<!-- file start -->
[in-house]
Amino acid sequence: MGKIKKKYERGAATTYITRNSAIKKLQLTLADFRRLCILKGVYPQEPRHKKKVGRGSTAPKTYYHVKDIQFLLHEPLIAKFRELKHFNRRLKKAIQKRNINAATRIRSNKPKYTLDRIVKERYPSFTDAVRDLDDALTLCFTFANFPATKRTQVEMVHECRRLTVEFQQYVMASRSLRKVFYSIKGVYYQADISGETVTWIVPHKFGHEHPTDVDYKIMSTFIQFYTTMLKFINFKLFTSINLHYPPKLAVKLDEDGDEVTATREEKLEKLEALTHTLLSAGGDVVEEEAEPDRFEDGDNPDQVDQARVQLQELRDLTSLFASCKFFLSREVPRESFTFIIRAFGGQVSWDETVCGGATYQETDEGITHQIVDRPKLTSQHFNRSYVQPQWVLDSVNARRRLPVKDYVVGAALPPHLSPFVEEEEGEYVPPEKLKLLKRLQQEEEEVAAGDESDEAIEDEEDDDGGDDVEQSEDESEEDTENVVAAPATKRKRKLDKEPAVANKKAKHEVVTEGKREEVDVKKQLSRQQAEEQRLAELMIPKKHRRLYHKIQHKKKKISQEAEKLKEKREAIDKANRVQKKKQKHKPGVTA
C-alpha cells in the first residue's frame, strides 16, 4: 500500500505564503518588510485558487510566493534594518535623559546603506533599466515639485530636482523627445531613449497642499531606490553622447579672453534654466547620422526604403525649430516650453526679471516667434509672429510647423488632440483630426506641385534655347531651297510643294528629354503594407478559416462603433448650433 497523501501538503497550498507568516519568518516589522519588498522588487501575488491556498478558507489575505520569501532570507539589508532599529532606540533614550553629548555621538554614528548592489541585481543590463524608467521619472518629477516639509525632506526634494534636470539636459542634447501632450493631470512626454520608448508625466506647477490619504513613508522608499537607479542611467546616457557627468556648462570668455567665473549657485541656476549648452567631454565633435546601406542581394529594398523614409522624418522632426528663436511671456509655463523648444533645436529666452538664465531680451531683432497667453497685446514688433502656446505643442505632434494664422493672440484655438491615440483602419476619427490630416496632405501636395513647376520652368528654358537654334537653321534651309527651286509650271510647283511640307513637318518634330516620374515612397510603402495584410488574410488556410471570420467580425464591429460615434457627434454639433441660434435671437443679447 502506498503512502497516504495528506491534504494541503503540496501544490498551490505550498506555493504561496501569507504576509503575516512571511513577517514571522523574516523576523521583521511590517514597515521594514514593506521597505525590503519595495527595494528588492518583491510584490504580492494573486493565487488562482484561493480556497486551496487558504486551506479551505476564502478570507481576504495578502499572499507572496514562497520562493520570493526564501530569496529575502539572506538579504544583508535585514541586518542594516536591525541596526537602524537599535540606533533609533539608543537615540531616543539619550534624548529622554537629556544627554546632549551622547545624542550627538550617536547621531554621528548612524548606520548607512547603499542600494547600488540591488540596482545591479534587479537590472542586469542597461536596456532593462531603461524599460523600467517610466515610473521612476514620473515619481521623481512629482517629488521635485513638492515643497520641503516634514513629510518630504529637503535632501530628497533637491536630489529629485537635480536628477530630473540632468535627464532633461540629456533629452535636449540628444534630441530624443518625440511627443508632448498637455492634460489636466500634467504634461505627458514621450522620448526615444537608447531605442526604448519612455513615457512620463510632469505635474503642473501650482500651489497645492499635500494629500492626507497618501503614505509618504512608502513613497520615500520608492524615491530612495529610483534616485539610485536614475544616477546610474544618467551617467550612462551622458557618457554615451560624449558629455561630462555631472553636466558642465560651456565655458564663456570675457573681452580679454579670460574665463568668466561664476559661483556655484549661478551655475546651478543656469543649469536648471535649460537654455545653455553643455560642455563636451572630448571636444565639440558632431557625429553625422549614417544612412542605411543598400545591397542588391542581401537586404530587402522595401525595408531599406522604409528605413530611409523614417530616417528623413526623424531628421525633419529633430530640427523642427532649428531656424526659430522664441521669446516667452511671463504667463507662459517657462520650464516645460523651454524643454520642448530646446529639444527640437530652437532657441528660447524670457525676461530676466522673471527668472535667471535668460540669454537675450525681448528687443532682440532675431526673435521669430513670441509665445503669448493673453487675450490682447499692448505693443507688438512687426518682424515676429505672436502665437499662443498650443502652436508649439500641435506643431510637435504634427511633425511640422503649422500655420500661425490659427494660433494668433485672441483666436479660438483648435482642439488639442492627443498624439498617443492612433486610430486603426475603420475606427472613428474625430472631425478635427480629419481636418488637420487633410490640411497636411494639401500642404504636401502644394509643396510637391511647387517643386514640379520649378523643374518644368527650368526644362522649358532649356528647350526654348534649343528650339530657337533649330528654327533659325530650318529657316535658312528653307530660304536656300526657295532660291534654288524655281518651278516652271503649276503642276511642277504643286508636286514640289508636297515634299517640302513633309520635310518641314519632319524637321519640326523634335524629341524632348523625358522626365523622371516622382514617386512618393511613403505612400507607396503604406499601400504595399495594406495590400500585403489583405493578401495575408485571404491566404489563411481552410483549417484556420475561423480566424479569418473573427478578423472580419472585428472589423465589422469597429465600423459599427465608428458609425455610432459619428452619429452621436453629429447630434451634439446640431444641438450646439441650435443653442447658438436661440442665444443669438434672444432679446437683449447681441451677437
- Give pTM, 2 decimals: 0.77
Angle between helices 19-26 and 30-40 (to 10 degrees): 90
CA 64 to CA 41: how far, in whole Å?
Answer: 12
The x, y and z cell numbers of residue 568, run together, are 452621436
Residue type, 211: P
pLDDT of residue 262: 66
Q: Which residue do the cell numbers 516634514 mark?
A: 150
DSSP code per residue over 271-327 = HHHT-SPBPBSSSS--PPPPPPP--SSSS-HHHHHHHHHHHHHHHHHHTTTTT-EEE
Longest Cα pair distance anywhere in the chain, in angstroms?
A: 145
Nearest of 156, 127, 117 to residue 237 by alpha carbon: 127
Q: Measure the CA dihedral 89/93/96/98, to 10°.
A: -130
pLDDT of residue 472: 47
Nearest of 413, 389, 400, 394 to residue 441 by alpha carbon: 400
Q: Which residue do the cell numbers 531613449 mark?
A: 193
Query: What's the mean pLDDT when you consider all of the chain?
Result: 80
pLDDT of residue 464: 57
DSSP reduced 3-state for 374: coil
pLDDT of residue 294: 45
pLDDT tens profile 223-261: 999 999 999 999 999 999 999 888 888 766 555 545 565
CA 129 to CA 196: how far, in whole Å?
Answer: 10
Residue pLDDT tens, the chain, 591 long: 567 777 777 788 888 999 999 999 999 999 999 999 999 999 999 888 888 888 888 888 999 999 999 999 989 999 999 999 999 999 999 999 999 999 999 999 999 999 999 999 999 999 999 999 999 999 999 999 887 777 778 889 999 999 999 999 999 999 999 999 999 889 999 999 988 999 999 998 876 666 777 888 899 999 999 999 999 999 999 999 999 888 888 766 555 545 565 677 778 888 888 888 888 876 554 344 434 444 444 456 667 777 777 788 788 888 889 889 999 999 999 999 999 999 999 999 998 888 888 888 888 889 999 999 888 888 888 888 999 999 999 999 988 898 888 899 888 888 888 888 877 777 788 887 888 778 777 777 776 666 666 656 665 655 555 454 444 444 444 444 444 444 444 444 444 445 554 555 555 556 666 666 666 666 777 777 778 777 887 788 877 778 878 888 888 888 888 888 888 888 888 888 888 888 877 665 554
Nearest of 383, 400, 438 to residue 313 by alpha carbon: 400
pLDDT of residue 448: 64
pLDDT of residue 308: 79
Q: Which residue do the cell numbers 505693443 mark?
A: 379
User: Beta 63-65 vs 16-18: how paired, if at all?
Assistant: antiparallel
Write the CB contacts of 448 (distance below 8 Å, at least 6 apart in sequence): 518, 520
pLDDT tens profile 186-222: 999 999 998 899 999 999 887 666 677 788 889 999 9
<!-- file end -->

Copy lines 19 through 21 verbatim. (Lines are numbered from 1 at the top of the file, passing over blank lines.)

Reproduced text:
pLDDT of residue 472: 47
Nearest of 413, 389, 400, 394 to residue 441 by alpha carbon: 400
Q: Which residue do the cell numbers 531613449 mark?